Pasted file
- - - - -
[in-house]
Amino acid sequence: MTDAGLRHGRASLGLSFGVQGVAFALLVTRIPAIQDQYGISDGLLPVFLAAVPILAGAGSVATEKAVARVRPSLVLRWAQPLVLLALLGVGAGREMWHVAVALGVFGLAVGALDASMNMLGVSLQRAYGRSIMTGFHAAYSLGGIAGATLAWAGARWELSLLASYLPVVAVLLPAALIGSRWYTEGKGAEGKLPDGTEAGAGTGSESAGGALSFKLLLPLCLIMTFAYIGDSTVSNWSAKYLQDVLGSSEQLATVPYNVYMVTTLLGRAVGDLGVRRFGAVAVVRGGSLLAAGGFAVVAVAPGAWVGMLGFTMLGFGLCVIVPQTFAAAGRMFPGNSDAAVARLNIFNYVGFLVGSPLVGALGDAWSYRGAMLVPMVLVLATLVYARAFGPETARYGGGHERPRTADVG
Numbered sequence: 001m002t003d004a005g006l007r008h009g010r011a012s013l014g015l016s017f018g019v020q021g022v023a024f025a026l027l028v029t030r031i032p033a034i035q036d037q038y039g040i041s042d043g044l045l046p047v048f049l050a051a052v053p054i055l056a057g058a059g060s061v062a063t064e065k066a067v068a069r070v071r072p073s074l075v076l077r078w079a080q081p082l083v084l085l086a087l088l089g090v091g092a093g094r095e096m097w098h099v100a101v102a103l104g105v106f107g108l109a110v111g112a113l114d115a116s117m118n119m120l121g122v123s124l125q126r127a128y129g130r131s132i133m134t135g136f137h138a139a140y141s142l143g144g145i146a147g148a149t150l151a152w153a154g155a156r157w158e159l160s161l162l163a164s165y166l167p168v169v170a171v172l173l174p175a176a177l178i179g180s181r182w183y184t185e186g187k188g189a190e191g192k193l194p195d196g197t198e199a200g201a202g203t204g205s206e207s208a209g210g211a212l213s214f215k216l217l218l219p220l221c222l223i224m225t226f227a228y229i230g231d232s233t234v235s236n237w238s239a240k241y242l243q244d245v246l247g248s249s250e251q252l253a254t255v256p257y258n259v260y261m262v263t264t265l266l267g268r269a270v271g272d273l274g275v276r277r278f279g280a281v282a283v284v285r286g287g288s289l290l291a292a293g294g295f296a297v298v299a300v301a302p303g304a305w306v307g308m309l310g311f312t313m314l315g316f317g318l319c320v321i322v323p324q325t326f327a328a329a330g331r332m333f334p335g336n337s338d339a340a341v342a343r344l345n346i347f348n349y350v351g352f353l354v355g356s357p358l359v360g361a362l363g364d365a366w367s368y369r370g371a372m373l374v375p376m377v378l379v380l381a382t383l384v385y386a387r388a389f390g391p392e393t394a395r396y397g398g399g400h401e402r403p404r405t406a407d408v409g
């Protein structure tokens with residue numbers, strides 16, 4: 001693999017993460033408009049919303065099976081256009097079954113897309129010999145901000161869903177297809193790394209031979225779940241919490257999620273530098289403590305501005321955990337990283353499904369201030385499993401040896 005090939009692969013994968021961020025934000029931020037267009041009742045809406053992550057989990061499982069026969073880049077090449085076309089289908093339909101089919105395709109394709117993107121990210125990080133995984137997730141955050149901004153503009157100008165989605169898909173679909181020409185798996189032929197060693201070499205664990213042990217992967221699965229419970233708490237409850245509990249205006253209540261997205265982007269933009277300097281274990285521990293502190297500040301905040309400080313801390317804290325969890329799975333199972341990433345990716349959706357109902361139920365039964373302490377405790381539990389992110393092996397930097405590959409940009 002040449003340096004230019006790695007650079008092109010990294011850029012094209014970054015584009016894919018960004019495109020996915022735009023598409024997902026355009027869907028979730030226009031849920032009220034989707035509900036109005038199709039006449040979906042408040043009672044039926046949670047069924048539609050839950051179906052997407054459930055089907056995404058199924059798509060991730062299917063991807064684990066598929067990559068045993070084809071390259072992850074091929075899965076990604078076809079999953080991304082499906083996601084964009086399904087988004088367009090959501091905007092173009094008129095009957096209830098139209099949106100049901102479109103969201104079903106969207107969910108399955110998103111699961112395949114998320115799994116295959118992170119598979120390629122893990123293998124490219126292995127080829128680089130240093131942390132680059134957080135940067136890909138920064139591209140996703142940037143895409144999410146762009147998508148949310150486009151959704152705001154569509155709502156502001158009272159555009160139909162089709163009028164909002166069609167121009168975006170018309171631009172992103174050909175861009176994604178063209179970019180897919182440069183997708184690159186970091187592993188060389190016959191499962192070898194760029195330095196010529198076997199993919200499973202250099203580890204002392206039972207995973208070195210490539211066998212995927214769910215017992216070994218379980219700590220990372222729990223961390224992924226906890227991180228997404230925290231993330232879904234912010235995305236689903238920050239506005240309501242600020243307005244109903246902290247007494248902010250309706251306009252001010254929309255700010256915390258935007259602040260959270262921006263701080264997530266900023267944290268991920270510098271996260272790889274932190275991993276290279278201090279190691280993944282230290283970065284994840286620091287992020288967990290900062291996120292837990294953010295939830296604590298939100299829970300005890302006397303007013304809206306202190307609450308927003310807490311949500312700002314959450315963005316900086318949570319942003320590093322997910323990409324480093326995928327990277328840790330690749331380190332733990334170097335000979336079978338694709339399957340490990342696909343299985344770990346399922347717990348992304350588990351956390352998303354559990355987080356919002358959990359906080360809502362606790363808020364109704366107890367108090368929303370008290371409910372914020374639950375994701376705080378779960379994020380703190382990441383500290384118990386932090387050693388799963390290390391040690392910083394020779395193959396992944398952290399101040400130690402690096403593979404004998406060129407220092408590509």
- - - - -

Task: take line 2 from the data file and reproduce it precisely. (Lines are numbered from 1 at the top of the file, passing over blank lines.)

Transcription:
Amino acid sequence: MTDAGLRHGRASLGLSFGVQGVAFALLVTRIPAIQDQYGISDGLLPVFLAAVPILAGAGSVATEKAVARVRPSLVLRWAQPLVLLALLGVGAGREMWHVAVALGVFGLAVGALDASMNMLGVSLQRAYGRSIMTGFHAAYSLGGIAGATLAWAGARWELSLLASYLPVVAVLLPAALIGSRWYTEGKGAEGKLPDGTEAGAGTGSESAGGALSFKLLLPLCLIMTFAYIGDSTVSNWSAKYLQDVLGSSEQLATVPYNVYMVTTLLGRAVGDLGVRRFGAVAVVRGGSLLAAGGFAVVAVAPGAWVGMLGFTMLGFGLCVIVPQTFAAAGRMFPGNSDAAVARLNIFNYVGFLVGSPLVGALGDAWSYRGAMLVPMVLVLATLVYARAFGPETARYGGGHERPRTADVG